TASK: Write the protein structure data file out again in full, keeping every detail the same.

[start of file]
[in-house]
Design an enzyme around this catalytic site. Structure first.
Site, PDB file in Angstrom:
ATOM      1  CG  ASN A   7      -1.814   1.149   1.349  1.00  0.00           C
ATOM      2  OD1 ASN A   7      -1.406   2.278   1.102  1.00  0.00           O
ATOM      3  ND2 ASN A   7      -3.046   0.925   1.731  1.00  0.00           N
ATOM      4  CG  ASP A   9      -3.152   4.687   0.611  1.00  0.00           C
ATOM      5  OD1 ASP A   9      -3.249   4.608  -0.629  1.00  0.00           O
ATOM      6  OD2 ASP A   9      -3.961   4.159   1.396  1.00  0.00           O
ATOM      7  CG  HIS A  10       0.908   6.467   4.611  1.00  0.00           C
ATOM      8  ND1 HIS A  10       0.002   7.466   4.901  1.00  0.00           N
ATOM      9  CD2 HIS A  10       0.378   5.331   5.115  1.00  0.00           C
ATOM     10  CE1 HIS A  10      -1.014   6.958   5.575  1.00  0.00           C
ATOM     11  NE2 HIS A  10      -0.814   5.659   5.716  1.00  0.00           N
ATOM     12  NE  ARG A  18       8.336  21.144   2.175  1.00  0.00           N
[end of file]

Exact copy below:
[in-house]
Design an enzyme around this catalytic site. Structure first.
Site, PDB file in Angstrom:
ATOM      1  CG  ASN A   7      -1.814   1.149   1.349  1.00  0.00           C
ATOM      2  OD1 ASN A   7      -1.406   2.278   1.102  1.00  0.00           O
ATOM      3  ND2 ASN A   7      -3.046   0.925   1.731  1.00  0.00           N
ATOM      4  CG  ASP A   9      -3.152   4.687   0.611  1.00  0.00           C
ATOM      5  OD1 ASP A   9      -3.249   4.608  -0.629  1.00  0.00           O
ATOM      6  OD2 ASP A   9      -3.961   4.159   1.396  1.00  0.00           O
ATOM      7  CG  HIS A  10       0.908   6.467   4.611  1.00  0.00           C
ATOM      8  ND1 HIS A  10       0.002   7.466   4.901  1.00  0.00           N
ATOM      9  CD2 HIS A  10       0.378   5.331   5.115  1.00  0.00           C
ATOM     10  CE1 HIS A  10      -1.014   6.958   5.575  1.00  0.00           C
ATOM     11  NE2 HIS A  10      -0.814   5.659   5.716  1.00  0.00           N
ATOM     12  NE  ARG A  18       8.336  21.144   2.175  1.00  0.00           N